Pilot for Final Test Flight of Santa’s Sleigh

Elf News Reporter at Santa Claus LTD
Elf Meg graduated from Southern North Pole University with a degree in journalism. For several years she was a star reporter for the North Pole Gazette and then briefly served as a producer for North Pole Radio News. She brings her experience in media to North Pole Flight Command, serving as both an Elf News Reporter for North Pole Radio News and Managing Editor of North Pole Flight Command.com
Elf Meg Nogg
Latest posts by Elf Meg Nogg (see all)

The final test flight of Santa’s Sleigh is now officially scheduled to depart in about 12 hours. North Pole Flight Command has announced that veteran pilot Elf Ace McHenry will take command of the flight.

Being the final test flight pilot is a singular honor for elves who serve as part of the North Pole Air Force. It is generally recognized that the pilot chosen for this duty as distinguished themselves above others during the course of the year in helping to contribute to the cause of Santa.

To get the honor is to more or less win a spot in the Test Pilot Hall of Fame at the North Pole.

The honor is a long time coming for Commander McHenry, who has served in the North Pole Air Force for many years. He has long been considered an elite pilot, one of the very best that Santa has.

We will, as always, track the path of the final test flight of Santa’s sleigh when it launches from the North Pole.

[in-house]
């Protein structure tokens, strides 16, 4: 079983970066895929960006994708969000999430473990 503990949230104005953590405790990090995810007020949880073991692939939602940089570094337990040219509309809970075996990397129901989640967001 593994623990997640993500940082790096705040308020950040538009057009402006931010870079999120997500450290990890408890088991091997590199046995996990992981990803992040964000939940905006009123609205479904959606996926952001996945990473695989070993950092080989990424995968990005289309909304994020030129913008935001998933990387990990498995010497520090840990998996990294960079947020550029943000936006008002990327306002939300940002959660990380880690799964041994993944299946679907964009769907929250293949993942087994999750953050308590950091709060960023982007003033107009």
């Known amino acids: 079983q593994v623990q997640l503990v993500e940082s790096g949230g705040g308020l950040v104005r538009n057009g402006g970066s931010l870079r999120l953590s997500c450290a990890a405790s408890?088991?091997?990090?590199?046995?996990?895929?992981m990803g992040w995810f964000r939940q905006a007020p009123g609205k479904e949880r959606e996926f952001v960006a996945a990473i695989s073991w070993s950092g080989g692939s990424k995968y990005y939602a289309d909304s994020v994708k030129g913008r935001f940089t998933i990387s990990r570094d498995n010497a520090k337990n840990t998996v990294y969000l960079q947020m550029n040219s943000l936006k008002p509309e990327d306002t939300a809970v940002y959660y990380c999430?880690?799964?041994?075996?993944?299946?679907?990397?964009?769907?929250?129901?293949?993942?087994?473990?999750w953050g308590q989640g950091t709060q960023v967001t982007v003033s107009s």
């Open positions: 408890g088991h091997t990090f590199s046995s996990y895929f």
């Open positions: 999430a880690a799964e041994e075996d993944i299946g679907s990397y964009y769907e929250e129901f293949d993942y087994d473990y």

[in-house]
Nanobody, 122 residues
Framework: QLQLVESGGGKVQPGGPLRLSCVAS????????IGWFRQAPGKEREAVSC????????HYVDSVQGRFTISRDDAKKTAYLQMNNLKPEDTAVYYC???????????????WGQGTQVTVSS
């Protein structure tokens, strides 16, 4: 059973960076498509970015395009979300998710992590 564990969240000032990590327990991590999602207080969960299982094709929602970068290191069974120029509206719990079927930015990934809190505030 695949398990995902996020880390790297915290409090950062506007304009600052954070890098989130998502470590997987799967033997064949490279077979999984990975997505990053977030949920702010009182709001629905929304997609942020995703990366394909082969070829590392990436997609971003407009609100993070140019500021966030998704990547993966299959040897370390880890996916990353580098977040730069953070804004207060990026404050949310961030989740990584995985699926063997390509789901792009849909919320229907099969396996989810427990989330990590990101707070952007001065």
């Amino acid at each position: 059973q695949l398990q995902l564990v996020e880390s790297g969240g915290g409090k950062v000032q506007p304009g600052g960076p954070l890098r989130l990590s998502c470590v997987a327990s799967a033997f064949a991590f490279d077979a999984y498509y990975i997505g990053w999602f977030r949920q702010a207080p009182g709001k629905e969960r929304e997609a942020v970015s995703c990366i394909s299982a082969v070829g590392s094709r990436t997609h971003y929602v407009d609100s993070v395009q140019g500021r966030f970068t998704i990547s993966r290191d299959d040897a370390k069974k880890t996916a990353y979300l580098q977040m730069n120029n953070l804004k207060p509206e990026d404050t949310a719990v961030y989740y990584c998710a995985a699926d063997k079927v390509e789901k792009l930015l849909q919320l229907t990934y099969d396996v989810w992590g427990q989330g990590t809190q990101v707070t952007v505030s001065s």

Final Tweaks to Santa's Sleigh

Final Tweaks Made to Santa’s Sleigh

Elf News Reporter at Santa Claus LTD
Elf Meg graduated from Southern North Pole University with a degree in journalism. For several years she was a star reporter for the North Pole Gazette and then briefly served as a producer for North Pole Radio News. She brings her experience in media to North Pole Flight Command, serving as both an Elf News Reporter for North Pole Radio News and Managing Editor of North Pole Flight Command.com
Elf Meg Nogg
Latest posts by Elf Meg Nogg (see all)

Over in the sleigh barn a very special version of Santa’s sleigh is being worked on: the actual sleigh that Santa will use.

Dozens of sleighs are made over the course of the year as the new sleigh design is developed, tested and refined. With each flight pilots come back with new information and suggestions. By the time Santa actually gets to fly the sleigh it has become the most tested flying sleigh on the face of the earth.

This final sleigh is being worked on today. It has been painted. It has been customized in every detail to Santa’s every preference. It will sit there in the sleigh barn until the Final Test Flight takes off on December 23rd. It will be flown around the world one final time by one lucky test pilot.

It is scheduled to return late in the afternoon of December 23rd. When it returns it will be washed, waxed and loaded for Santa.

Santa will launch according to the countdown on every Official North Pole website.

You can follow the path of the final test flight right here on our map page.